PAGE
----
Whistler task force looks to address 'serious' rental housing crunch
'There's lots of empty houses in Whistler, which is a little ironic now that we have this housing crunch'
Working on the world-class ski slopes of Whistler is a dream come true for many people but finding a place to live in the resort town is nothing short of a nightmare.
Mayor Nancy Wilhelm-Morden describes the situation as "pretty serious," which is why a new Mayor's Task Force on Housing and Affordability is poised to make recommendations to address a problem which has been made worse by a booming local economy and local workforce that has grown 30 per cent in the last five years.
"We're hearing anecdotes about the difficulty of finding a place to live," Wilhelm-Morden said.
"Employers are telling us they're having difficulty finding staff because if people don't have a place to live they don't get hired," said Wilhelm-Morden.
One idea the task force will look at would take aim at property owners who flaunt zoning bylaws that prohibit Airbnb-type short-term rentals by introducing a business licence requirement.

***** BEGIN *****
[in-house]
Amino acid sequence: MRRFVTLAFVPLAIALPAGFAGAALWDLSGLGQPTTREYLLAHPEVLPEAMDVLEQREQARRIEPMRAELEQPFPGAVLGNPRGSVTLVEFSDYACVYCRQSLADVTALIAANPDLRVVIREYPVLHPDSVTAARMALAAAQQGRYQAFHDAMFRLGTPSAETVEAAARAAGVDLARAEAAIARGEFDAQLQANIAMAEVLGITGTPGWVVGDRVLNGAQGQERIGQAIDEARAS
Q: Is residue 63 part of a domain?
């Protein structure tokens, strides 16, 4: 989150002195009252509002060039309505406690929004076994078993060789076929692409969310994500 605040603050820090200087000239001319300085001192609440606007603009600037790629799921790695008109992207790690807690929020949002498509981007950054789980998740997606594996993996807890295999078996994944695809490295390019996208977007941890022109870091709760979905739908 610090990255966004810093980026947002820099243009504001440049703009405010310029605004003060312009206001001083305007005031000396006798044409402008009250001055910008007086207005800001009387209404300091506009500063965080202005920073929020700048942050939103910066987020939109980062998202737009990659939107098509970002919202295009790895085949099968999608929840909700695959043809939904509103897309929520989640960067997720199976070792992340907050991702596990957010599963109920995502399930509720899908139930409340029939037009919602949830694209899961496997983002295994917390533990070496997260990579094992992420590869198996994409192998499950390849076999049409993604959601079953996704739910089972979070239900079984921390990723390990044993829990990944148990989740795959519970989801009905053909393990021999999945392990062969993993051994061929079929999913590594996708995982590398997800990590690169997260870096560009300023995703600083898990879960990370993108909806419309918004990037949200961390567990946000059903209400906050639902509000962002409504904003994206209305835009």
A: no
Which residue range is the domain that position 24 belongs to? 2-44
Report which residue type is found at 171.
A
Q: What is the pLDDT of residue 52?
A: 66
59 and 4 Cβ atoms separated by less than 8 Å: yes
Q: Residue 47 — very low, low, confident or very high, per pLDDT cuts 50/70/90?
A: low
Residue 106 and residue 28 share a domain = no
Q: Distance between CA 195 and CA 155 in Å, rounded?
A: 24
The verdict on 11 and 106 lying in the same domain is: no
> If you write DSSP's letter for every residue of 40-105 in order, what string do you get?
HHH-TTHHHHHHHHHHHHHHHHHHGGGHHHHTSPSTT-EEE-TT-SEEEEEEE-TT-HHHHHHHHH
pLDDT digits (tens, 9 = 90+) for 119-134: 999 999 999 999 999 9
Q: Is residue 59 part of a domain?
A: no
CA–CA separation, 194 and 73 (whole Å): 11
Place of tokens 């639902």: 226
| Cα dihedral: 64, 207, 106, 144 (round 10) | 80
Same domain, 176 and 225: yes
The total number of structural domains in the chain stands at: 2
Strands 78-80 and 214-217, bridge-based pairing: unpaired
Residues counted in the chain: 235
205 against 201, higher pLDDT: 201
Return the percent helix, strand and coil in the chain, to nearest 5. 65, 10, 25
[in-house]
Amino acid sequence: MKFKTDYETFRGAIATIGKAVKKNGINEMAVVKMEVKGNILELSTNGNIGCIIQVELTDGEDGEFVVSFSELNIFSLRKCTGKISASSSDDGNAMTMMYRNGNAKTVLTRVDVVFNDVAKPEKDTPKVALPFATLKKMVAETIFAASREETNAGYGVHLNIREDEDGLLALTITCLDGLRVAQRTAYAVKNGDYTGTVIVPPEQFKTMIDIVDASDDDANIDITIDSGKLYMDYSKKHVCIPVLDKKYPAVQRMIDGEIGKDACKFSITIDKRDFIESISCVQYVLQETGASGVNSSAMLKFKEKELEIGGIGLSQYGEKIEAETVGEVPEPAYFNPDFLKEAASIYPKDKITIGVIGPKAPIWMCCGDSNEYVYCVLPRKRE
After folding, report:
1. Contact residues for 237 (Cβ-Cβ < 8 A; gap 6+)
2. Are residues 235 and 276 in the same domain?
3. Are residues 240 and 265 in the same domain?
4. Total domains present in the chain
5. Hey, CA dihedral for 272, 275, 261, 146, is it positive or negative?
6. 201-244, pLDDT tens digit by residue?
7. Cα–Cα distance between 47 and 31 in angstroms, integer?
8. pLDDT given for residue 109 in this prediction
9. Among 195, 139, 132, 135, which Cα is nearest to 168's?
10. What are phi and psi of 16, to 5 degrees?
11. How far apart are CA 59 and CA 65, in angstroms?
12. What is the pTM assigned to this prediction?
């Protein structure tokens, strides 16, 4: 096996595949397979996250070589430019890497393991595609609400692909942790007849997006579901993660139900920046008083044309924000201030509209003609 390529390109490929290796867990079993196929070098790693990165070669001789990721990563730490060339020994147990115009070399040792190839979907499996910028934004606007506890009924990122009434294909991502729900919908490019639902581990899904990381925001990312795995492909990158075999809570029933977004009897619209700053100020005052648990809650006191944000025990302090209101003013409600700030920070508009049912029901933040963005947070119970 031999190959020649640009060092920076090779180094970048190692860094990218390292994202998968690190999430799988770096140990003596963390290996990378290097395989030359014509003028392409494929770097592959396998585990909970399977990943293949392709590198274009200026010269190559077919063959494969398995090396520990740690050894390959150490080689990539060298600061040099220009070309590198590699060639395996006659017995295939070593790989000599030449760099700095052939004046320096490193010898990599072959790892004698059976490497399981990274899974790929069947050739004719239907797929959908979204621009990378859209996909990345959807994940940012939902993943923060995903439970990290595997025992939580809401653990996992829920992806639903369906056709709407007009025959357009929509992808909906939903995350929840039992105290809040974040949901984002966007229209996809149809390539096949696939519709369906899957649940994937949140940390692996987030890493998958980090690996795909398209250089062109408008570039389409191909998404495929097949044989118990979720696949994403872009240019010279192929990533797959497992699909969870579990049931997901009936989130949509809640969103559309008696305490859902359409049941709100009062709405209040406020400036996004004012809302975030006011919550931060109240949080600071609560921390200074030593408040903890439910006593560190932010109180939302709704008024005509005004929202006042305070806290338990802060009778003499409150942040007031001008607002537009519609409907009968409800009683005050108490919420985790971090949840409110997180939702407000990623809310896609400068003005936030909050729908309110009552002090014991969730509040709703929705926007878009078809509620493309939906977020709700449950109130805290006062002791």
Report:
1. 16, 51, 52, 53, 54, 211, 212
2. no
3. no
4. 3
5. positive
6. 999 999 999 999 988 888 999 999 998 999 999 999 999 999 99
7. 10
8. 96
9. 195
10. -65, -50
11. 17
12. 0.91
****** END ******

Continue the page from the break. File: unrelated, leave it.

"We have lots and lots of short-term rental beds available in the village but in the neighbourhoods, those places are meant for permanent residents or employees renting.
"They're not for nightly rentals," said Wilhelm-Morden.
"Of course permits will only be issued to those people who have properly zoned nightly rental places. So if you go into Airbnb or VRBO (another short-term rental company) and you don't have a business licence, then you will be fined and prohibited from doing that in the future."
A second recommendation could see the Chamber of Commerce become a rental accommodation facilitator — leasing homes that sit empty most of the time, then turning around and renting them out to workers in need of a place to live.
Lots of empty houses
"We have people who own a property to use maybe two weeks in the summer and two weeks in the winter," said Wilhelm-Morden. "So if we could rent that property from Jan 1 to April 30 through this facilitation process then that would assist us as well."
"There's lots or empty houses here in Whistler which is a little ironic now that we have this housing crunch," she said.
One hundred new rental units came on stream earlier this fall in the Rainbow neighbourhood and 100 more are scheduled to open next year in Cheakamus Crossing — not nearly enough to alleviate the problem.
In September, the Whistler Housing Authority reported a waiting list of 500.
It advises that anyone planning to move to Whistler should first secure a place to live. It also advises that people only accept a job in the area from an employer that offers staff accommodation.